- William Blake
- The Gambols of Ghosts according with their Affections previous to the Final Judgement
- Pen and black and gray inks and watercolor over traces of pencil, on the original wash-line mount;
traces of pencil inscription on the mount below, largely erased, the last two words may read variously D..l... or virtuously D..l.. and inscribed on the verso on the mount upper left: Not
By inheritance to his widow;
his sale, Edinburgh, C.B. Tait, 10 February 1836, lot 1835 (part of lot);
possibly John Stannard (1795-1881);
by family descent until with Caladonia Books, Glasgow, by 2001;
sale, New York, Sotheby's, 2 May 2006, lot 12
M. Butlin, 'Newly Risen from the Grave: Nineteen Unknown Watercolors by William Blake', Blake, An Illustrated Quarterly, vol. 35, no. 3, Winter 2002, p. 71 and reproduced p. 69
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Much confusion remains over the exact number of designs Blake created for Cromek's project, but current scholarship suggests that he completed twenty-two or twenty-three watercolors, of which twelve were then engraved by Louis Schiavonetti. The Grave was finally published in July 1808 and had more than 500 advance subscribers, including many of the most prominent artists of the day.
The Gambols of Ghosts is one of the freest and most dynamic compositions from the entire group and was singled out by John Flaxman in a letter discussing the commission.1 The design, which was never engraved for publication, illustrates an early passage of the poem in which Blair evokes images of the graveyard:
Well do I know thee by thy trusty yew,
Cheerless, unsocial plant! That loves to dwell
'Midst sculls and coffins, epitaphs and worms,
Where light-heel'd ghosts and visionary shades,
Beneath the wan cold moon (as fame reports)
Embodied thick, perform their mystic rounds.
The composition is suitably frenetic and complicated to embody the movements of 'light-heel'd ghosts' and goes far beyond Blair's brief description. Blake creates two moving circles of figures perpendicular to each other - one, which goes around the tree, is made up of dancing or running ghosts, the other, which starts at the ground and circles up and over the tree, begins with ghosts emerging from the ground and ends with one flying through the church door. Cutting through the second circle is a procession of saved souls slowly entering the church. The effect is of constant movement and turmoil that makes it difficult to distinguish the saved and damned at first glance.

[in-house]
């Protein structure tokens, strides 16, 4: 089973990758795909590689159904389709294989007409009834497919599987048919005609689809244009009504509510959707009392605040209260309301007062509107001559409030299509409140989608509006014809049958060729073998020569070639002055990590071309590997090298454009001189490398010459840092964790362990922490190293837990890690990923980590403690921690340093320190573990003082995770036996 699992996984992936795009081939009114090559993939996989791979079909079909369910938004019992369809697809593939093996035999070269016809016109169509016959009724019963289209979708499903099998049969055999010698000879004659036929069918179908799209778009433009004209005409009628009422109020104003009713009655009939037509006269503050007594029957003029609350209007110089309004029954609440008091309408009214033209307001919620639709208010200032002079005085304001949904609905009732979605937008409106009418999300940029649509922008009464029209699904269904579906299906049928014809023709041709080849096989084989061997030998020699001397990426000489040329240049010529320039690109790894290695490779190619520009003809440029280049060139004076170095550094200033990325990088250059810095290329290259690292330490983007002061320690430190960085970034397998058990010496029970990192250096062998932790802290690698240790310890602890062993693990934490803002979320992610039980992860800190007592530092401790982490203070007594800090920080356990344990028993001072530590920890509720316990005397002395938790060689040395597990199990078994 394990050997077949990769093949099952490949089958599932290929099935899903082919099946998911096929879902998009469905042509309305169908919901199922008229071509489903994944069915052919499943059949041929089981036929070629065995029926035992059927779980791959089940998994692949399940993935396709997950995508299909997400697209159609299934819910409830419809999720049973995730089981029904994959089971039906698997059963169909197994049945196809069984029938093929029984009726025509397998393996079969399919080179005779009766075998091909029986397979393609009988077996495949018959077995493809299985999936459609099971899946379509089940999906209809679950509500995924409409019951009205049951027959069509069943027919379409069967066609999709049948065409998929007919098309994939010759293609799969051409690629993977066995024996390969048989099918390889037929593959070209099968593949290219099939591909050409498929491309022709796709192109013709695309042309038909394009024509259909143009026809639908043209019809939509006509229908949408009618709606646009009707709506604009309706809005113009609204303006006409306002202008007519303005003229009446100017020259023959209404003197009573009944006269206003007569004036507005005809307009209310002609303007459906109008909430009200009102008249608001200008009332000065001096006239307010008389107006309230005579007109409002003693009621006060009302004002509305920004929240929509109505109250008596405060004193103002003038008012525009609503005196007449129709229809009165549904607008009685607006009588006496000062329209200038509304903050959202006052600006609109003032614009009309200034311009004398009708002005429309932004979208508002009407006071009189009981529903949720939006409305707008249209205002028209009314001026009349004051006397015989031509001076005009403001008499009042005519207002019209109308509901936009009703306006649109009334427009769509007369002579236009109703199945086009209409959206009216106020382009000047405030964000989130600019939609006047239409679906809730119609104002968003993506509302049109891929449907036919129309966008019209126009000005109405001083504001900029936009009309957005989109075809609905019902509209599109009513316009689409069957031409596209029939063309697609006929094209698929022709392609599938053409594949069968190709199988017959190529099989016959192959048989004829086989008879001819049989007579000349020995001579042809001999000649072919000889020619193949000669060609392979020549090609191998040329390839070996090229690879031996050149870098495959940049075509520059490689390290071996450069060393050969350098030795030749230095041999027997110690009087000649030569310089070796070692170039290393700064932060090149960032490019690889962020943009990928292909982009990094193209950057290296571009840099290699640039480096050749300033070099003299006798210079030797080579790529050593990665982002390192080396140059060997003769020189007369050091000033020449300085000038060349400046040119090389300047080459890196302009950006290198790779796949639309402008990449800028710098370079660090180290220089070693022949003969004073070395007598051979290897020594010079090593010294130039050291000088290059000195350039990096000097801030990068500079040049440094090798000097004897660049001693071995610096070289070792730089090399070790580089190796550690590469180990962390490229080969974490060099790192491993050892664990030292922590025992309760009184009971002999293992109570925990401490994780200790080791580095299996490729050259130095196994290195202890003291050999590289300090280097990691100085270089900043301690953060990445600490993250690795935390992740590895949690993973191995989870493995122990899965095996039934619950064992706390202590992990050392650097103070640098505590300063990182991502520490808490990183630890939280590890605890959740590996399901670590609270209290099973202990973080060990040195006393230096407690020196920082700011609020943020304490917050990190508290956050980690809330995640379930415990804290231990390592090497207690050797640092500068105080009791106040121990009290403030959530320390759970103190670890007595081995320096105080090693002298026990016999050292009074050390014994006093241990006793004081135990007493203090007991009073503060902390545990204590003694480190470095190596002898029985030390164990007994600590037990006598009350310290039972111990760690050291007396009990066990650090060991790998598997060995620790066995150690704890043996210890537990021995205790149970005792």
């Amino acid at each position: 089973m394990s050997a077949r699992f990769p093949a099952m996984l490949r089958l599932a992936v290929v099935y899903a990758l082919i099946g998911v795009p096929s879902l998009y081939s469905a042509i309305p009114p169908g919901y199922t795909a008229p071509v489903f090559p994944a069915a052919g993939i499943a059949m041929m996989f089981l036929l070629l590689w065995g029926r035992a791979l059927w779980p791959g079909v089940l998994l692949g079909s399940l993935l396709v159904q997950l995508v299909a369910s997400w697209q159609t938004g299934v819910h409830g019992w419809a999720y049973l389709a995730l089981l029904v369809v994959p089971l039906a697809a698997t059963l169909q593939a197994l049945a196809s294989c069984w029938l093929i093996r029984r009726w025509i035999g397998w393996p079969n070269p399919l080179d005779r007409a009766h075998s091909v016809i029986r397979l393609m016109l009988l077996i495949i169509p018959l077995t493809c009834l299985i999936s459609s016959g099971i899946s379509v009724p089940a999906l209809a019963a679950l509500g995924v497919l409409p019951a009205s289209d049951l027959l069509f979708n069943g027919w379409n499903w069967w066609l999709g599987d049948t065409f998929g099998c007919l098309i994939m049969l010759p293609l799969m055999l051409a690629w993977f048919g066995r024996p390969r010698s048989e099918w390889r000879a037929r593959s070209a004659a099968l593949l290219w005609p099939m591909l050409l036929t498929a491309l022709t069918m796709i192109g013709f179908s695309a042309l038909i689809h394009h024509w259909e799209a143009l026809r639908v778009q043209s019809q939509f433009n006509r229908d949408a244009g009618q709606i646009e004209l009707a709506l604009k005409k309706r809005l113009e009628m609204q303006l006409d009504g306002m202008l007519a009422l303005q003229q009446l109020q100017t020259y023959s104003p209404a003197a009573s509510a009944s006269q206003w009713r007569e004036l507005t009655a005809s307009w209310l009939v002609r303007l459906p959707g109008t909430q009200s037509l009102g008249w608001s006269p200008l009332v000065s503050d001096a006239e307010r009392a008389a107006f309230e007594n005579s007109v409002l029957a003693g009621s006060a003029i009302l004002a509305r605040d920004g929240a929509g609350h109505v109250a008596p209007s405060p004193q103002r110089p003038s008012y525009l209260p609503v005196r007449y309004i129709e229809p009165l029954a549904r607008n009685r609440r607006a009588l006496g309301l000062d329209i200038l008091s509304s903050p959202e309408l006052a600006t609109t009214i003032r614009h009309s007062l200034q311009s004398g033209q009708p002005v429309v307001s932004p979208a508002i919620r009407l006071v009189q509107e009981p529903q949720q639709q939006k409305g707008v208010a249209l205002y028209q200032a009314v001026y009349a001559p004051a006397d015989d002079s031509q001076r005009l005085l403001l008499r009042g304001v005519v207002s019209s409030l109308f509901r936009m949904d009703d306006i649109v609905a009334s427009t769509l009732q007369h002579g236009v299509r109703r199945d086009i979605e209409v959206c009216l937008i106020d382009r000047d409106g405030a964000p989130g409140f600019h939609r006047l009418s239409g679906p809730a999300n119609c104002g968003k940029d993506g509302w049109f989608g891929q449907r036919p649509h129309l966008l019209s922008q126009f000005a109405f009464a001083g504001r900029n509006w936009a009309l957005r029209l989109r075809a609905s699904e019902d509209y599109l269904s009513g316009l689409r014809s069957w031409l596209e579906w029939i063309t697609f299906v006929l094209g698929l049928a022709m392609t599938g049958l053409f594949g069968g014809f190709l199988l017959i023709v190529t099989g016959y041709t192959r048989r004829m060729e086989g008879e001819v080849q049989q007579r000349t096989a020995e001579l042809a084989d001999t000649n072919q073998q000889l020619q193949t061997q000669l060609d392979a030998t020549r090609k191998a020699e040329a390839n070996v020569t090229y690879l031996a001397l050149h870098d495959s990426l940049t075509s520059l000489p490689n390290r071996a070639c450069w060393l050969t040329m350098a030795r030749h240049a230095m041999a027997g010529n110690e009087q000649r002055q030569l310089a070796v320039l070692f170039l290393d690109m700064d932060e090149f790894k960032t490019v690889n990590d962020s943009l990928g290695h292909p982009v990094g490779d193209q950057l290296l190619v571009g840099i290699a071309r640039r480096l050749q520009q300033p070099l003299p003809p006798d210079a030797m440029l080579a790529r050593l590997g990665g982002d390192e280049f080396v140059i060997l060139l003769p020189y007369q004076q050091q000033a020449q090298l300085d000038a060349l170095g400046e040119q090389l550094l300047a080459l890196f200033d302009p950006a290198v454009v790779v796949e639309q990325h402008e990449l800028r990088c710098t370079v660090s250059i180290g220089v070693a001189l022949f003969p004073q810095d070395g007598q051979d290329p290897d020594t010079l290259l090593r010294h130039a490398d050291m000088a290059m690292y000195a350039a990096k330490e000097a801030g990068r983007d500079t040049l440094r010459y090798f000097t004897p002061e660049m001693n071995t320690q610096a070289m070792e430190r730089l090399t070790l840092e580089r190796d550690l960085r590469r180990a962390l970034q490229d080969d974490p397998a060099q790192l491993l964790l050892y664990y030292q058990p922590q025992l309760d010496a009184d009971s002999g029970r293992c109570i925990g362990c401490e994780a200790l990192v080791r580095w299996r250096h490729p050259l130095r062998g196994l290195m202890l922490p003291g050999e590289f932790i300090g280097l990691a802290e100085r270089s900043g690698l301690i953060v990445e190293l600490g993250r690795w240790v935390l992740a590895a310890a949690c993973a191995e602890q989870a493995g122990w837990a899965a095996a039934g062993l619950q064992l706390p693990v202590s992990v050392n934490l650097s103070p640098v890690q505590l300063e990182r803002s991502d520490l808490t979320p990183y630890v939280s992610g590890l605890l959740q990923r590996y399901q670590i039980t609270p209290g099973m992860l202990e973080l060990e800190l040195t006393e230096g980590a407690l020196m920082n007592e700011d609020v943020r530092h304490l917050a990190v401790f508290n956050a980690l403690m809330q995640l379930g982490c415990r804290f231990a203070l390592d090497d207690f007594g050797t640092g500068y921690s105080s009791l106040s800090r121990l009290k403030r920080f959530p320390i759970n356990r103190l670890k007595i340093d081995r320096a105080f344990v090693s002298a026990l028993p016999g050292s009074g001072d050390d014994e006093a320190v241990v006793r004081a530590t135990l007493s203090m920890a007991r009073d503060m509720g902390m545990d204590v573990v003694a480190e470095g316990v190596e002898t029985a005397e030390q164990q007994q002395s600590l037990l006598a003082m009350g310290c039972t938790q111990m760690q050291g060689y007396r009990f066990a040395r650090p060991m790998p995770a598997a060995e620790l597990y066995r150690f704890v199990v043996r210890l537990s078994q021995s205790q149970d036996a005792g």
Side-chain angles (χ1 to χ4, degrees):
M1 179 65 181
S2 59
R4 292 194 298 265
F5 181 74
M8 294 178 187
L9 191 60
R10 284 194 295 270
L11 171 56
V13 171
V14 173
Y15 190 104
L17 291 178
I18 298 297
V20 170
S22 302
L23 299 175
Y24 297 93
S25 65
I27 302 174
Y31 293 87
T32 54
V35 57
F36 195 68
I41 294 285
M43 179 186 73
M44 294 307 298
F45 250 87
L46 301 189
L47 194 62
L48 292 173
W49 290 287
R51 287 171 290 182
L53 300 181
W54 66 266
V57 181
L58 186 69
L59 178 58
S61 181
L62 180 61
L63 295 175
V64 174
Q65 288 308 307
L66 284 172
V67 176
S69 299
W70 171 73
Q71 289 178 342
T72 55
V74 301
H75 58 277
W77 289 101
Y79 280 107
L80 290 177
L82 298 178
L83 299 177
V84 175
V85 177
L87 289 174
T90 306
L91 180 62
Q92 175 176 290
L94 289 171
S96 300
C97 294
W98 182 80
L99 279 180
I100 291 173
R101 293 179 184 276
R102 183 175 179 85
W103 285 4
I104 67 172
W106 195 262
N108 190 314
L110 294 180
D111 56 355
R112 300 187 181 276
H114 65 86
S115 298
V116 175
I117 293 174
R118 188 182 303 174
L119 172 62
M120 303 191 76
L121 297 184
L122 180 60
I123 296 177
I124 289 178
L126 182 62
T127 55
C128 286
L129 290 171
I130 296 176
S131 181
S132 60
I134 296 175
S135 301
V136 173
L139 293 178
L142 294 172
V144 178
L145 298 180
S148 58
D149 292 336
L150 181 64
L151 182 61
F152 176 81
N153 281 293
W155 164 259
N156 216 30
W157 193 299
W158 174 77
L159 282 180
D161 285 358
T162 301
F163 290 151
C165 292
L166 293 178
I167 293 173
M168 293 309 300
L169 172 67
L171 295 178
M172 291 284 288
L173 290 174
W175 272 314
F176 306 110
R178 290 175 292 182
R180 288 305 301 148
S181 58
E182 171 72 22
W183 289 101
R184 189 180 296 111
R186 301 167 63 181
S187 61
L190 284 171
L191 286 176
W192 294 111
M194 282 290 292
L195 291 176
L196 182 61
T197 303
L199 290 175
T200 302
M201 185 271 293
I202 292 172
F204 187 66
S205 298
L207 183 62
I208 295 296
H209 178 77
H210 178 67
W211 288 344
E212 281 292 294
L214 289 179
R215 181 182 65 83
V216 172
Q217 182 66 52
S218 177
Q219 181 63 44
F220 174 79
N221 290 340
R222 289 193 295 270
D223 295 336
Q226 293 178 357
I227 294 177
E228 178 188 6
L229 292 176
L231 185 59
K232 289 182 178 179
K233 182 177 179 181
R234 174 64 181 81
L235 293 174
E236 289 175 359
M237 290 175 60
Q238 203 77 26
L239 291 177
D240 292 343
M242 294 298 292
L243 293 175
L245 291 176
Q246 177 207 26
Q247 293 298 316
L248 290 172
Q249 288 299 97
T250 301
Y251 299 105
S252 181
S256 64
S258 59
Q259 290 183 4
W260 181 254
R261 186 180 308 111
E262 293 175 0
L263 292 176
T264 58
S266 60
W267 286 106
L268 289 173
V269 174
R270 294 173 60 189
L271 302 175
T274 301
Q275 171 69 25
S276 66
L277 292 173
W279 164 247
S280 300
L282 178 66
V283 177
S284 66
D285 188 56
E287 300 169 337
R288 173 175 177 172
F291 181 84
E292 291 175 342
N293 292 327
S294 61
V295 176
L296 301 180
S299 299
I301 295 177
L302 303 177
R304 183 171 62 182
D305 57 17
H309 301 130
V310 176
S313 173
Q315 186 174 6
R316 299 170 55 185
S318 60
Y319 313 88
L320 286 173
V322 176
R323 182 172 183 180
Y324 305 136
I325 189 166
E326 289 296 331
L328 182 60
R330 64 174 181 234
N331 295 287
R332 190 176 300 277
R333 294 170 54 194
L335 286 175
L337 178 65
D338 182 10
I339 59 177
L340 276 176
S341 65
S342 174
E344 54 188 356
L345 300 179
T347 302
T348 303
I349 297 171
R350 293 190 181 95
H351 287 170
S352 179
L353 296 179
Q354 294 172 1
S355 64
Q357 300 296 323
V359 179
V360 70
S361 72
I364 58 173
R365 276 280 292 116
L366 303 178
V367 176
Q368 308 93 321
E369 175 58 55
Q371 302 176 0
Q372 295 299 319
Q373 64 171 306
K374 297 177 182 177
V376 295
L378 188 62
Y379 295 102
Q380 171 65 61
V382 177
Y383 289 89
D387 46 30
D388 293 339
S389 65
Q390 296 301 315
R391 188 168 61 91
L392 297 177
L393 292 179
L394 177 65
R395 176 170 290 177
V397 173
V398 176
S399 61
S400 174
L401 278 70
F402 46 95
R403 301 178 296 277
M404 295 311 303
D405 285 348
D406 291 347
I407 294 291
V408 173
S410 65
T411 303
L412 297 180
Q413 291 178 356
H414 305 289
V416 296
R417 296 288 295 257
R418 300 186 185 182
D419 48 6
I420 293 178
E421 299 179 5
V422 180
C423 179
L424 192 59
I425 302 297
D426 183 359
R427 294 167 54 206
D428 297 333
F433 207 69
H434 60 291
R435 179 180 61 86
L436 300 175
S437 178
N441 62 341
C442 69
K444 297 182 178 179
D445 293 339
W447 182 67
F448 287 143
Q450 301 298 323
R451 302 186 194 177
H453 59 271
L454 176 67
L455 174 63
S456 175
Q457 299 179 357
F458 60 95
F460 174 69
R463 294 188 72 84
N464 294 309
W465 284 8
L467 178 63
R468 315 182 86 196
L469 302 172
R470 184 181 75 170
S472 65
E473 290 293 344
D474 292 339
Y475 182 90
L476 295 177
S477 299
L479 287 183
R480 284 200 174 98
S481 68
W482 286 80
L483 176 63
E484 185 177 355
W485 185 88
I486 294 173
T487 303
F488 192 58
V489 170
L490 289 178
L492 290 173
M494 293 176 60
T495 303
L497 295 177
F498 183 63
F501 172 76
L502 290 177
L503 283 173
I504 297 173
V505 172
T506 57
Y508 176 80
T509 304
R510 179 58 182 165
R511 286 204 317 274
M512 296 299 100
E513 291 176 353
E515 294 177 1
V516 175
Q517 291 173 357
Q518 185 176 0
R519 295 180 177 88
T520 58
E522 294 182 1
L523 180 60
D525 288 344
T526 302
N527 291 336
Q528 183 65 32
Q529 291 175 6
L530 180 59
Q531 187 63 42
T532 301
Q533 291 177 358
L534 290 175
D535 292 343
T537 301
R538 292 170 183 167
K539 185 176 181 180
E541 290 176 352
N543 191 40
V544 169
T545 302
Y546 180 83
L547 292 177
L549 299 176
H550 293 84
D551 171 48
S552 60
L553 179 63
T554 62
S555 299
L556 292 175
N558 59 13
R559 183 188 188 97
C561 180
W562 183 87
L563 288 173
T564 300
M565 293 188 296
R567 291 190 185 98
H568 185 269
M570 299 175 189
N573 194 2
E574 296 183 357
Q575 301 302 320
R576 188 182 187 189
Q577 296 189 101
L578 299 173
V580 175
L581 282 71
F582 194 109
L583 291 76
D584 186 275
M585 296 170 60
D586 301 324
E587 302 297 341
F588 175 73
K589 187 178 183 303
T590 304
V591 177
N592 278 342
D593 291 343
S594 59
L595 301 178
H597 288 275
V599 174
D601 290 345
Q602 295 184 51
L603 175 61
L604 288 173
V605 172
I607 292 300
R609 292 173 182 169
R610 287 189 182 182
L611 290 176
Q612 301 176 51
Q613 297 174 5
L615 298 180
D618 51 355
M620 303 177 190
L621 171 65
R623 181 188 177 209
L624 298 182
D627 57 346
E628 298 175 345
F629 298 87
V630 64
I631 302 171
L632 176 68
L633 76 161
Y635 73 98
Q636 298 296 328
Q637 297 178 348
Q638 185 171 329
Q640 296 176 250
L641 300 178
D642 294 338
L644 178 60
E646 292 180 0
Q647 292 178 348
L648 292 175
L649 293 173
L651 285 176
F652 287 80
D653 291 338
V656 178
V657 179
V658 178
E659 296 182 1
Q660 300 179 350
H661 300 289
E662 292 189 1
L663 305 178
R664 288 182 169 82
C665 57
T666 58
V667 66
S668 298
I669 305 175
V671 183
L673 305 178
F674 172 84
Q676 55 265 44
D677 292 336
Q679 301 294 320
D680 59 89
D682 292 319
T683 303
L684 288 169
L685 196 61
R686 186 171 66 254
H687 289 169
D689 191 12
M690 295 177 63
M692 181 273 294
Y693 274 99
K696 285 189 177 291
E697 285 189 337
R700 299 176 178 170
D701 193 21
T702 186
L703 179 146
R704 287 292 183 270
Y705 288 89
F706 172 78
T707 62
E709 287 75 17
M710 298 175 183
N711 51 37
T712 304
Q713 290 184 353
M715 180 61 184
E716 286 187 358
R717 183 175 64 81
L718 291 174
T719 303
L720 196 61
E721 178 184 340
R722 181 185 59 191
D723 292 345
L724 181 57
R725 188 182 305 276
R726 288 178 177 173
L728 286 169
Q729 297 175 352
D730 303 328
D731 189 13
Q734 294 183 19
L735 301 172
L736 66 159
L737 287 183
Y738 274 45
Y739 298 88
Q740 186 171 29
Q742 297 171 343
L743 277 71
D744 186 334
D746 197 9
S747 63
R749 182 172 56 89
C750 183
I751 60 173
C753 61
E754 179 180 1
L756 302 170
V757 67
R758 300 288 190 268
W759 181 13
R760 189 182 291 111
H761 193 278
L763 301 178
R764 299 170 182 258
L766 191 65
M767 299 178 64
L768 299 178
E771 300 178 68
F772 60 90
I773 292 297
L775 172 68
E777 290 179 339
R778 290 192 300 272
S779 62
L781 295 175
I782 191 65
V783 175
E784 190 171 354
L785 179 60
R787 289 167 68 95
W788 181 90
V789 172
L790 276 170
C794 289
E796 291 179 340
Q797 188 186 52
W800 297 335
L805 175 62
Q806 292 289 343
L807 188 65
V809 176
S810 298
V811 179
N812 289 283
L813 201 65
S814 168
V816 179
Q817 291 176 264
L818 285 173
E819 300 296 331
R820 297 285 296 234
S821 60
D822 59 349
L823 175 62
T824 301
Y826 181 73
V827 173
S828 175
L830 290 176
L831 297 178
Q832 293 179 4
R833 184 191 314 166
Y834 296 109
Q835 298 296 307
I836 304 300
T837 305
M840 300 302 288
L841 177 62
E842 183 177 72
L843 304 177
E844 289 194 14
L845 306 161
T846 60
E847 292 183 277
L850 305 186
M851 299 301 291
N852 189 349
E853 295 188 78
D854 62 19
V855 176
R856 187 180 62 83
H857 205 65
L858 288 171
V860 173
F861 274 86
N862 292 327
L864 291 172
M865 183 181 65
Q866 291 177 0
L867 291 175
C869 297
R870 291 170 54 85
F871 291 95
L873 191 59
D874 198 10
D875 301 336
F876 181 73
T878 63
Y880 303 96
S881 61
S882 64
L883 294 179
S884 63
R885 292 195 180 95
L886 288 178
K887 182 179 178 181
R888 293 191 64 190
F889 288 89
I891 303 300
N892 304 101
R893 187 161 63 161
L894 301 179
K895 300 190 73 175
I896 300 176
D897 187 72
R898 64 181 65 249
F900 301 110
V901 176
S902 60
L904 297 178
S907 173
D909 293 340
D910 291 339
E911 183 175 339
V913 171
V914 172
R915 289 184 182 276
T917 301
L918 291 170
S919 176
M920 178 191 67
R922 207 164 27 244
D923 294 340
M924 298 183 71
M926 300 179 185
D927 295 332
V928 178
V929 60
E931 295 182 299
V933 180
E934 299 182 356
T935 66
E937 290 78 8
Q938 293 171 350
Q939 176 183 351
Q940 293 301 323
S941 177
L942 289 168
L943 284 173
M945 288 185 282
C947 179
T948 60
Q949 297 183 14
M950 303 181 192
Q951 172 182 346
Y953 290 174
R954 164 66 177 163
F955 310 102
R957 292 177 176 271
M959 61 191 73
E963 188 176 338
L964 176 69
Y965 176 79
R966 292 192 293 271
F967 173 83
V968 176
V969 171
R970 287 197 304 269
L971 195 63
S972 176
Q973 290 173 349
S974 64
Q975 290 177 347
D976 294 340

Blake's palette adds to the eeriness of the scene. The overall color scheme is gray and blue with only a few touches of red, as on the angry figure of the male ghost emerging from the ground at the left. Even 'the wan cold moon' is gray with only the slightest touch of yellow, and the highlights on the figures are truly ghostly.
There is a preparatory drawing for the design in the Yale Center for British Art, New Haven and a further, less finished drawing, in the National Gallery of Art, Washington, which may shed some light on Blake’s imagery.2 The Washington drawing is described as A Resurrection Scene, but the dominant compositional element is an arc of figures rising into the sky, which gives much the same feeling as the present watercolor. Specific motifs like the church, the moon and the ghosts emerging from the ground are also repeated. It seems possible that The Gambols of Ghosts is itself a kind of resurrection but without a judging Christ or any of the associated hierarchical elements – a concept that surely would have appealed to Blake.
1. Flaxman wrote to William Hayley, a patron and friend of Blake, on 18 October 1805 discussing Cromek's original commission. See G.E. Bentley, Blake Records, second edition, New Haven and London 2004, p. 206.
2. M. Butlin, The Paintings and Drawings of William Blake, New Haven and London 1981, pp. 464-464, no. 636, reproduced pl. 863 and p. 450, no. 600, reproduced pl. 840.